“They think, ‘Oh, I’d like to have a horse. How cool,’” said Glenda Dagenhart, officer manager at Morgan Towing and Recovery. “But have no thought on what it costs to feed and care for a horse.”
Two sick horses, and a dead horse were found in a pen at about 7th and Kalamazoo streets Friday evening.
The small enclosure did have shade and a tank for water — but the tank was bone dry.
The ground was mostly dirt and scrub and there was no hay in sight.
Animal Control Officer Nita Pearce said the dead horse most likely died from lack of water.
“When it’s 106 degrees out and there’s no water, no grass at all, it’s no wonder it died,” Pearce said.
Morgan Towing and Recovery was called to pick up the sick animals. A towing company is typically called to pick up rescued livestock, Dagenhart said.
Dagenhart has been taking in rescued horses for a few years. But caring for malnourished horses is something she does only as a service to the city and county.
Dagenhart can’t take in horses people simply don’t want anymore because of the expense involved, she said.
And the chances of the horse owner showing up to claim the two picked up Friday is slim, she said.
The landowner told police he does not own the horses and does not know who is responsible for them, Pearce said.
Without an owner to pony up the fees for towing the horses, shelter and feed, Dagenhart loses money.
“A horse eats 18 hours a day, and you have to feed horses every day,” Dagenhart said. “These had no grass whatsoever, no food, no water — no nothing.”
A horse has to have hay, some kind of roughage and water, she said, unlike cattle that only get fed in the winter and fend for themselves during the summer.
The extreme heat the area is experiencing makes horse-ownership even more demanding.
“My water tank usually lasts a week and I’m filling it up every other day,” Dagenhart said. “And hay is pretty expensive right now.”
The two mares that Dagenhart took in Friday are doing much better already.
The sorrel mare had sores and cuts all over her body and her ribs were sharply defined. The bay mare was in a little better shape, Dagenhart said.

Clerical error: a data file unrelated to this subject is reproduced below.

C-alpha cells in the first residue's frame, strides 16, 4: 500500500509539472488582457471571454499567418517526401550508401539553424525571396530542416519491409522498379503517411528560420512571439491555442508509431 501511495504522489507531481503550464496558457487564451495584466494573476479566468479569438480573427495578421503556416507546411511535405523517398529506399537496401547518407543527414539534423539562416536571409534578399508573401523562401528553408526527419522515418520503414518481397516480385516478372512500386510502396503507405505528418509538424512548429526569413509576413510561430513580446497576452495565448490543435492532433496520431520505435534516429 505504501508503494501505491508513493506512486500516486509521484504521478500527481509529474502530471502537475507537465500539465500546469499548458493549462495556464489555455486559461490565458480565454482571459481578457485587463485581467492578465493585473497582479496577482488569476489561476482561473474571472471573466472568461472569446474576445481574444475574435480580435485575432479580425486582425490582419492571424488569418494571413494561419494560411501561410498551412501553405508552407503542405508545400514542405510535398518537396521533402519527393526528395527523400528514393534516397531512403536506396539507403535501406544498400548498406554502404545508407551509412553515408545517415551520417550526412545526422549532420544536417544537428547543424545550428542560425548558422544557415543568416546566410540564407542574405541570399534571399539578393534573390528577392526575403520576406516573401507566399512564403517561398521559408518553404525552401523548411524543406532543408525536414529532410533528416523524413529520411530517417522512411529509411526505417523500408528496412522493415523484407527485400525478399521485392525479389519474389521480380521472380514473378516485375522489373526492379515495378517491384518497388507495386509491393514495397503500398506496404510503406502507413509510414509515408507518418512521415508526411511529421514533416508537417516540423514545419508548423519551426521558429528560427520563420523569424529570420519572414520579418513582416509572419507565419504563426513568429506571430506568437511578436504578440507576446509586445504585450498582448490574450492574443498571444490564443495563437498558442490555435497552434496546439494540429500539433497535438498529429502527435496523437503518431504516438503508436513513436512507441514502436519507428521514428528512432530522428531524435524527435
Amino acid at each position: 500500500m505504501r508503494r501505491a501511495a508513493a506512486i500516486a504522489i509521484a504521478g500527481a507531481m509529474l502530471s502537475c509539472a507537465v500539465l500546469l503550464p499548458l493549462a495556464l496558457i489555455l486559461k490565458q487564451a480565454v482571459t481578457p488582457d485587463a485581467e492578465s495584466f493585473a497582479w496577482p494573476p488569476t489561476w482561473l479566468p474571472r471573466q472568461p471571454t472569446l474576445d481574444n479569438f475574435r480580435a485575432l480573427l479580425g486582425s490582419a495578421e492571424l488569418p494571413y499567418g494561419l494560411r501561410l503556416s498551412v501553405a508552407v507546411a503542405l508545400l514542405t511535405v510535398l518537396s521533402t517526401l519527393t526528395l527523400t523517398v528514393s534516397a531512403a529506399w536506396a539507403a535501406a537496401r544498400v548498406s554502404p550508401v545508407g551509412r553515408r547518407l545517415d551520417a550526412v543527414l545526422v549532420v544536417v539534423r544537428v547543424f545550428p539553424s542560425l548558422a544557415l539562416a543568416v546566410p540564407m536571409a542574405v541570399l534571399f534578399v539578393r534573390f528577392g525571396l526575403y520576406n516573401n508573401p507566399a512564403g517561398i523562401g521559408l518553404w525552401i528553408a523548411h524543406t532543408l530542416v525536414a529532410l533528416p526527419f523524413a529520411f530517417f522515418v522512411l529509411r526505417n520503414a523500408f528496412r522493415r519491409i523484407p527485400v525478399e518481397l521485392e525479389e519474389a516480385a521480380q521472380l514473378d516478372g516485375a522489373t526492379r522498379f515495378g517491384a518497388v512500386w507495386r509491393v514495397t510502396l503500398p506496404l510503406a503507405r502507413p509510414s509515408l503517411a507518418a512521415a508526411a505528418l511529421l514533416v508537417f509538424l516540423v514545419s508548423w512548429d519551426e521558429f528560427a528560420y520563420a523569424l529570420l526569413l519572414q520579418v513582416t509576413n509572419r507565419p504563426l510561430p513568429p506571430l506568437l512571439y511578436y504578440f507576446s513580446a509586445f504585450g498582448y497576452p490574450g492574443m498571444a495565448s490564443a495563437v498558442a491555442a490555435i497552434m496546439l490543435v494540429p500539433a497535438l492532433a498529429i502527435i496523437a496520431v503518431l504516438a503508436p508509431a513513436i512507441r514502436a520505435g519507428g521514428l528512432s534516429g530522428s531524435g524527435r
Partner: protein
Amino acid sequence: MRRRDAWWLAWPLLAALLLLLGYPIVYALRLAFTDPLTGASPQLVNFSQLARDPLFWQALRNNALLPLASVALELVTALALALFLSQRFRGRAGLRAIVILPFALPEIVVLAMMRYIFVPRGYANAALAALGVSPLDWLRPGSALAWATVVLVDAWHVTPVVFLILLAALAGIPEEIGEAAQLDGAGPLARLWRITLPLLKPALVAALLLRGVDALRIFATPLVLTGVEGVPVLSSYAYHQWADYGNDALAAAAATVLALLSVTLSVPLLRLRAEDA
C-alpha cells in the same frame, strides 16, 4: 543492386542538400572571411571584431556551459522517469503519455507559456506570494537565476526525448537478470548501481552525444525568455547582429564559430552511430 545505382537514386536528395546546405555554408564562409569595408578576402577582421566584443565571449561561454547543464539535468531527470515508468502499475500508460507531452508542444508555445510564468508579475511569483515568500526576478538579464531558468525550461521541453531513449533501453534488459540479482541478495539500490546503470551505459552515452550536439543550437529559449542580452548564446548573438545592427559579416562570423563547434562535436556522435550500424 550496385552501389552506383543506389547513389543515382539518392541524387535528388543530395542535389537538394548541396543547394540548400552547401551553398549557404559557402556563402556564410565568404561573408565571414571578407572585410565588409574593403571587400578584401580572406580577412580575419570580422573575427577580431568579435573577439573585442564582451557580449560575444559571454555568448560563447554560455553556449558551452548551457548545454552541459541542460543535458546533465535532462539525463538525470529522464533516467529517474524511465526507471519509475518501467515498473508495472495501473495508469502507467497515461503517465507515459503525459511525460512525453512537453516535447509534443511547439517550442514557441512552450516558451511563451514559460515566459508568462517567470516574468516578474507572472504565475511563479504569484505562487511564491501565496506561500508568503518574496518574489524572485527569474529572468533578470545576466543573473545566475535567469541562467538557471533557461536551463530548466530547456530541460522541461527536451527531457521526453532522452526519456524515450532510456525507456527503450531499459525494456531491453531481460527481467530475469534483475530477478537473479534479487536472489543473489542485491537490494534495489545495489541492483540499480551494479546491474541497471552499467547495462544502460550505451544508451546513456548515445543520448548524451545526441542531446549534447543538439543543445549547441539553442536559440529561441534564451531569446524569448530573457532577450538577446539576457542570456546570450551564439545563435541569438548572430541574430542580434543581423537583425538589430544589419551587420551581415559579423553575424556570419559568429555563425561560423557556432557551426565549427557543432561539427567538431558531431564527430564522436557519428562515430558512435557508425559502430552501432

Both horses need to be wormed and have their hooves trimmed, in addition to extra feed to help them gain weight.
She estimated the mares to be about 3 years old, and said they could each stand to gain a couple hundred pounds.
Dagenhart has taken in several horses over the last few years, she said, though usually during the bitter cold of winter.
She boards the horses taken by animal control, and if they are not claimed, she has to find a new home for them or sell them.
“Right now, though, you could take these mares to the sale barn and only get $25 a piece for them,” Dagenhart said. “But I think they’ll both make nice horses for someone someday.”
Reach Wendy Burton at (918) 684-2926 or wburton@muskogeephoenix.com.

'Move Over' For TX Towers Goes Into Effect In September


Here's the story:
Starting in September, drivers will have to be on the lookout for tow trucks on state roadways.
A new law taking effect in September requires you to change lanes and put a lane between your car and a tow truck on the shoulder.
Five tow truck operators have been killed on the job in Texas this year, prompting lawmakers to add tow trucks to the "move-over" law.
If you can't put a lane between you and a tow truck driver, the law requires you to slow down to 20 miles per hour below the posted speed limit.
This is welcome news for tow truck drivers like David Smallwood,  whose had his share of close calls.
"I've been clipped by a couple cars with their mirrors, they don't even slow down they just go as fast as they want to go," says Smallwood.